PSS’s Young looks back on Fulbright U.S. Student Program in Australia
By: Amanda Bowman
Recently Amanda Bowman, a Texas Tech media relations specialist, interviewed CASNR grad Shelby Young, a standout student from the Department of Plant & Soil Science, to review her Fulbright experience during the COVID-19 era. Young received her bachelor's degree (2016), master's degree (2019) and master's of agriculture business (2020) from CASNR.
When Shelby Young found out she had received a prestigious Fulbright U.S. Student Program Award to research cotton disease in Australia, she was close to earning a master's degree in plant and soil science through Texas Tech's College of Agricultural Sciences & Natural Resources. During her time at the university, Young had traveled twice to Australia to learn more about the country's cotton industry and collaborate on work for her master's thesis.
Inspired by her travels, the Plainview, Texas native applied for a Fulbright award to continue her research in Verticillium wilt, a soilborne fungal disease that contributes to cotton yield loss in Australia and the United States. The pathogen colonizes the plant's vascular system, negatively impacting water and nutrient uptake, causing wilting, leaf discoloration and death.
Young began her program in rural Australia, referred to locally as regional Australia. “It was a pretty diverse and fast-paced experience,” Young said. “While I was out in regional Australia, I worked with nine cotton growers to sample quite a lot of fields for the Verticilllium wilt pathogen. I also built on some work I did for my master's degree that was a collaboration with Dr. Karen Kirkby's plant pathology lab at the Australian Cotton Research Institute.”
After her time in regional Australia, Young continued her work with Krikby at the New South Wales Department of Primary Industry, in conjunction with Jonathan Plett, a senior lecturer in plant microbe interactions at Western Sydney University. “I got the opportunity to build on research I'd already done, but also take it in a completely new direction,” Young said. “My university contact at Western Sydney University specialized in metabolomics profiling – the comprehensive quantitative and qualitative analysis of all small molecules in a system – which I had never done or looked into.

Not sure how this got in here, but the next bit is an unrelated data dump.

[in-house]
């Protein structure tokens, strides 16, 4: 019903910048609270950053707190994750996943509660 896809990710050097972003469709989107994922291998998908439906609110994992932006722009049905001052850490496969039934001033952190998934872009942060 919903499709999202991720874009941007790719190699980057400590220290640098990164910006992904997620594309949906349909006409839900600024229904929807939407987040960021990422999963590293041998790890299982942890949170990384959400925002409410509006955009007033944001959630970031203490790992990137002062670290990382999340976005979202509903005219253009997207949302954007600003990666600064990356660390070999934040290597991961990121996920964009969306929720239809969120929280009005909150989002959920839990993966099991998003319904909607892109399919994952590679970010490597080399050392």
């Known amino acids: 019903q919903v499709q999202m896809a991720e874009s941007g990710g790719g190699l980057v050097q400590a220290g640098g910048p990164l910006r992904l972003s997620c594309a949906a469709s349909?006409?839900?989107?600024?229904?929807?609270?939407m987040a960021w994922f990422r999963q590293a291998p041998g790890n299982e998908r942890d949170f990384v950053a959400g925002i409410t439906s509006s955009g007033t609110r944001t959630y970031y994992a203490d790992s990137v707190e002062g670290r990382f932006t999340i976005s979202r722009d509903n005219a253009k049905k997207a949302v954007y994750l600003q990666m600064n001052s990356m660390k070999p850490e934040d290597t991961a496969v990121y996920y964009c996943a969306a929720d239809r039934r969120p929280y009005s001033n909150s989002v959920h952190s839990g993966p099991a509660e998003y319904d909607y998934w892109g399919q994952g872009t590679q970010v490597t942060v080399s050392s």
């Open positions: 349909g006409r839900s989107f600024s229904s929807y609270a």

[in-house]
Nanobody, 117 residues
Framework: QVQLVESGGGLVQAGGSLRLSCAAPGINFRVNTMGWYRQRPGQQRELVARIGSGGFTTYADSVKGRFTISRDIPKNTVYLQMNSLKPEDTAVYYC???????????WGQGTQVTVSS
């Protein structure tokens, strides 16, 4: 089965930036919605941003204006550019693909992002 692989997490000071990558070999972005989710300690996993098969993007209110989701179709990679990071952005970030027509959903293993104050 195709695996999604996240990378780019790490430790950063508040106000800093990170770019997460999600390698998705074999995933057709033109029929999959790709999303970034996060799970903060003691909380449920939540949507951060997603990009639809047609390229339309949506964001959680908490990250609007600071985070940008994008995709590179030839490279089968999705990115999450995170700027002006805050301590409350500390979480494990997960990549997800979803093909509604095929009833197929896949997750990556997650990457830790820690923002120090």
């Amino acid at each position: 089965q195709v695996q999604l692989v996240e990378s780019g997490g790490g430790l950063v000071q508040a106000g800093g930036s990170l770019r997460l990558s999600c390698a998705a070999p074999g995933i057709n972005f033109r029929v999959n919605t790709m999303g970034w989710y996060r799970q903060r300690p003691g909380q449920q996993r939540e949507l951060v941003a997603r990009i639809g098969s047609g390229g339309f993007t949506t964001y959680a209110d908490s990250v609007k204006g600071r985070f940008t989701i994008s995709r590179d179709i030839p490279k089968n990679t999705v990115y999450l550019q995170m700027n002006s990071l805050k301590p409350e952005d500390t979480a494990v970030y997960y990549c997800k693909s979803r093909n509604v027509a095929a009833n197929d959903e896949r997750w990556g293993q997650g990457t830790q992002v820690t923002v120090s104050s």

“We were able to get together and design a really cool experiment that hadn't been done before, and I learned a lot about the methodology behind that,” she said. “We aimed to look at the metabolomic profiles of cotton and the fungus that causes Verticillium wilt at several points throughout the disease process.”
Metabolites are small molecules that serve a wide variety of purposes in biological processes, she said. Plant pathogens produce metabolites that act as toxins as they attack the plant. Plants can produce metabolites in response to, and as a defense against, disease. Basically, the researchers could detect what metabolites were being produced by both the cotton plant and the Verticillium wilt pathogen during infection and as the disease progressed.
And then, COVID-19 happened. Since Young was working for a state government organization, she had to follow to their mandates. “Australia had a very strict lockdown policy,” Young said. “Since I was working for the New South Wales Department of Primary Industry, I was subject to the rules the state had in place to keep its employees safe."
“So, one day, I was in the lab taking samples, and then I just never got to go back," she said. “ Dr. Jonathan Plett, a researcher I was working with at Western Sydney University, kindly travelled out to the lab' and loaded up all my plants in his car to take them to his lab at the university.”
Graduate students in Plett's lab processed the samples from Young's plants and stored them in the freezer, where they sit ready to be analyzed today. “They can sit and wait there indefinitely, which is great,” Young said. “We rallied and got as much done as we could, so it was still productive.”
“We got a publication done while I was there that was from work we'd done previously together for my master's,” Young said. “Even though it got cut short there at the very end, it was an incredibly rewarding experience.”
In addition, she said, “We developed that into a tool that Australian farmers could use to predict the severity and likelihood of their crop developing diseases before they planted, so maybe they wouldn't plant cotton that year or make different management decisions.”
CONTACT: Glen Ritchie, Chair, Department of Plant and Soil Science, College of Agricultural Sciences and Natural Resources, Texas Tech University at (806) 834-4325 or email@example.com
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